She stud­ied English and his­tory at Bath Univer­sity be­fore start­ing at BBC Ra­dio Ox­ford, then switched to tele­vi­sion, work­ing for Cen­tral News, Merid­ian Tonight, BBC

News 24 and Sky News. In 2000 she joined GMTV and worked through its var­i­ous in­car­na­tions as Day­break and, now, Good

Morn­ing Britain, via ap­pear­ances on the sofa for Lor­raine, where, as well as authen­tic­ity with guests, her ten­dency for mishaps gained her no­to­ri­ety.

Most re­cently, this in­cluded flash­ing her flesh-coloured un­der­wear to the na­tion as co-host Ben Shep­hard spun her around on cam­era. It’s a Brid­get Jones move that Renée Zell­weger her­self would have been proud of. In fact, in the book, Kate di­vulges that the ac­tress used her as a muse for the first Brid­get Jones’s Diary film, study­ing tapes of her on GMTV. On meet­ing Zell­weger be­fore the third film, the ac­tress wel­comed Kate as ‘ the real Brid­get Jones’. Now Kate’s day starts at 2.15am for Good

Morn­ing Britain and ends af­ter pre­sent­ing a mid-morn­ing week­day slot for Smooth Ra­dio at 1pm. If it’s a schlep, she won’t ad­mit it. ‘There’s some­thing mag­i­cal about break­fast TV. I can’t think of any­thing else I’d rather do.’ And de­spite the slew of head­lines about ageism in her in­dus­try, it’s not some­thing she’s wit­nessed. ‘In ev­ery

‘Sex is bound up in how you feel about your­self, your body. It’s easy to go down schisms of self-doubt’

con­ver­sa­tion I’ve had in de­ci­sions over jobs, I’ve never had the im­pres­sion that age has been a fac­tor.’

Yet as she ap­proaches 50, de­spite never even hav­ing Botox, she has found her­self con­fronting her per­sonal de­sire for a facelift. ‘I’ve got a neck like a di­nosaur’s tes­ti­cle,’ she dead­pans. ‘Even when I was 16, in school pho­tos, I have lines across my neck. Now my face has caught up.’

She started lift­ing her face up to try to look younger, and search­ing other peo­ple’s faces for ev­i­dence of surgery. ‘I was be­com­ing ob­sessed,’ she says. ‘I don’t want to be one of those peo­ple who say, “No, no, no, I never would, it’s be­tray­ing women.” I don’t feel that. Women should do what makes them feel good. But th­ese are mas­sive op­er­a­tions. I don’t know, talk to me in 10 years’ time… maybe four years’ time. I would never say never.’

For now, the cost and the re­cov­ery time puts her off – and the fact she has im­proved her diet and ex­er­cise regime enough to no­tice her skin is ‘loads bet­ter’. Plus, she has other anti-age­ing tac­tics up her sleeve, in­clud­ing a course of Com­puter Aided Cos­me­tol­ogy In­stru­ment (CACI) treat­ments, where an elec­tri­cal cur­rent is passed through the fa­cial mus­cles to lift and tighten them. She de­cided against Botox af­ter a sur­geon ad­vised that it would make her low-set fore­head ‘even worse’.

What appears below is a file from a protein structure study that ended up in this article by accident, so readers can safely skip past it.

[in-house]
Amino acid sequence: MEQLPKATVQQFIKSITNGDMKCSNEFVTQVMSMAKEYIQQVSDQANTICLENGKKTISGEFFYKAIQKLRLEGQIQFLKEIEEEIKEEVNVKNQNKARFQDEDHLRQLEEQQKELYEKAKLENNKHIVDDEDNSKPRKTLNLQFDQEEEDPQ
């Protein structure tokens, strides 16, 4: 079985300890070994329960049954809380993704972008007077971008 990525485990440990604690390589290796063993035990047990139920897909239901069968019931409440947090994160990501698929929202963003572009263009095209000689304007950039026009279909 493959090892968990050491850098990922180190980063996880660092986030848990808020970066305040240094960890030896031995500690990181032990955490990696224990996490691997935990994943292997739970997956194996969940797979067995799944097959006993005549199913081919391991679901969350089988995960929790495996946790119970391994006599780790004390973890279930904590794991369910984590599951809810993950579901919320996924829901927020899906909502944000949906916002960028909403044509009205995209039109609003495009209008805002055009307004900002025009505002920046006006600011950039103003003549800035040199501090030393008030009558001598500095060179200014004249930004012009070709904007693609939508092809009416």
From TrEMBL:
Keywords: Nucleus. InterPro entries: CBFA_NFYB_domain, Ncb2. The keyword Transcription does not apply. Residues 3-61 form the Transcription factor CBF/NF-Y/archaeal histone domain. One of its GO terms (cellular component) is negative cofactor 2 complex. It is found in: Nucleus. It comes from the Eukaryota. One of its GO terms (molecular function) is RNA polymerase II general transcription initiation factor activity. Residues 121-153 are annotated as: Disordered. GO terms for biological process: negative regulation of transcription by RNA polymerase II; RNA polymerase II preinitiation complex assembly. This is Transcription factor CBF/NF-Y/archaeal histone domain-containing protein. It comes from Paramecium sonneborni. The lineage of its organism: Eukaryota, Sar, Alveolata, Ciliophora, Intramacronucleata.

Years of hav­ing her make-up done pro­fes­sion­ally have armed her with a few less-in­va­sive tricks of the trade, too. She has a few rules: spend money on foun­da­tion and let a tinted mois­turiser dry slightly on the hand for a few min­utes be­fore ap­ply­ing to give bet­ter cov­er­age. An­other tip was passed on by the ac­tress Salma Hayek, who told her that if you’ve cleansed, toned and mois­turised cor­rectly the night be­fore, you should only splash your face with cold wa­ter in the morn­ing. ‘I whack on night creams and don’t mind go­ing to bed slimy.’

To­day, she says, she feels ‘more em­pow­ered’. She adds, ‘Sure my breasts will never be as perky as they were when I was 18, but there are other things that can be stronger. It’s a new era. We al­ways think women are in­vis­i­ble in midlife even though we are ev­ery­where, [but] that’s be­cause we don’t cel­e­brate our­selves.’

Given Kate’s philo­soph­i­cally adept grip on life, it’s a sur­prise when she ad­mits she isn’t as self-as­sured as her on-screen self sug­gests: ‘I’m not sure I’m very con­fi­dent at all. There was a lot of my life when I thought I was fun­da­men­tally unlov­able. A lot of peo­ple re­lent­lessly have fin­ished with me. I’d go out on dates and they’d not go any­where. That can gnaw away at you and make you a lit­tle bit of a des­per­ate peo­ple-pleaser, but hope­fully I’ve changed that.’

It’s tes­ta­ment to her strength of char­ac­ter that she did it so ef­fec­tively fol­low­ing a divorce from her first hus­band, Ian Rum­sey, a for­mer TV col­league and Day­break ed­i­tor. Derek, who she met a cou­ple of years later through a mu­tual friend, has never let her get away with peo­ple-pleas­ing be­hav­iour.

So, af­ter her six-month jour­ney, how does she feel about turn­ing 50? ‘Now I feel the thing we re­ally loved about our youth was the ex­cite­ment about the fu­ture. You had a sense that good, new things were go­ing to hap­pen. It was the en­ergy you had then, the sense of dis­cov­ery and ex­cite­ment. It is about bring­ing that back into your life, even though you’re fraz­zled. It’s that feel­ing you want to hang on to, rather than nec­es­sar­ily a face that doesn’t have crow’s feet.’

With that in mind, Kate and Derek have booked a ro­man­tic hol­i­day to Rome in May – when his foot has re­cov­ered – to cel­e­brate her 50th birth­day, and fin­ish what they started.

‘The Joy of Big Knick­ers’ by Kate Gar­raway is pub­lished by Blink Pub­lish­ing (£14.99). To or­der your copy for £12.99 plus p&p call 0844 871 1514 or visit books.tele­graph.co.uk

‘I used to think I was unlov­able, which made me a peo­ple-pleaser. Hope­fully, I’ve changed that’

Clock­wise from top left Be­ing lifted by Ben Shep­hard, which re­sulted in that knick­er­flash­ing mo­ment; with Renée Zell­weger, who has chris­tened her ‘the real Brid­get Jones’; with Ju­lia Roberts in 2009. Be­low With fel­low GMB pre­sen­ter Su­sanna Reid

Far left As a fledg­ling pre­sen­ter on ITV’s Cen­tral News South, 1994. Left Kate in a school photo.

Be­low With hus­band Derek Draper and their chil­dren